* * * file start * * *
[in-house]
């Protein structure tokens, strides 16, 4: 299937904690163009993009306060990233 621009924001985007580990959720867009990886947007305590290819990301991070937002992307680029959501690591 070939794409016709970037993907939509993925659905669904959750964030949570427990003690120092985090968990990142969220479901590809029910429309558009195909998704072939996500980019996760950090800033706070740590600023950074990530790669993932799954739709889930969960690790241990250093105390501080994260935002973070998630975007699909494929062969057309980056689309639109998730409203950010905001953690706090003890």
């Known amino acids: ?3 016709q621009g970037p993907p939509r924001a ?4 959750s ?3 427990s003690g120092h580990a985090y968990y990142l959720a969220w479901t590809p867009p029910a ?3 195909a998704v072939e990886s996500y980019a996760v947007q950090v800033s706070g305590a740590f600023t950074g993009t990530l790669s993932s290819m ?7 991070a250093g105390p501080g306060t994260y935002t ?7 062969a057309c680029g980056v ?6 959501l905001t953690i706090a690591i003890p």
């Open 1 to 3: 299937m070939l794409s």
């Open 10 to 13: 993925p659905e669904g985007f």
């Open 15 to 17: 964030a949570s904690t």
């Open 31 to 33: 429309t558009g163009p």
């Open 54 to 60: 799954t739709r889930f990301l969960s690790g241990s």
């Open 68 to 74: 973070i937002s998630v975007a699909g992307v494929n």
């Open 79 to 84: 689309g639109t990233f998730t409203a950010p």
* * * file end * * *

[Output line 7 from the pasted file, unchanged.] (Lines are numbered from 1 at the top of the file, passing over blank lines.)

């Open 31 to 33: 429309t558009g163009p």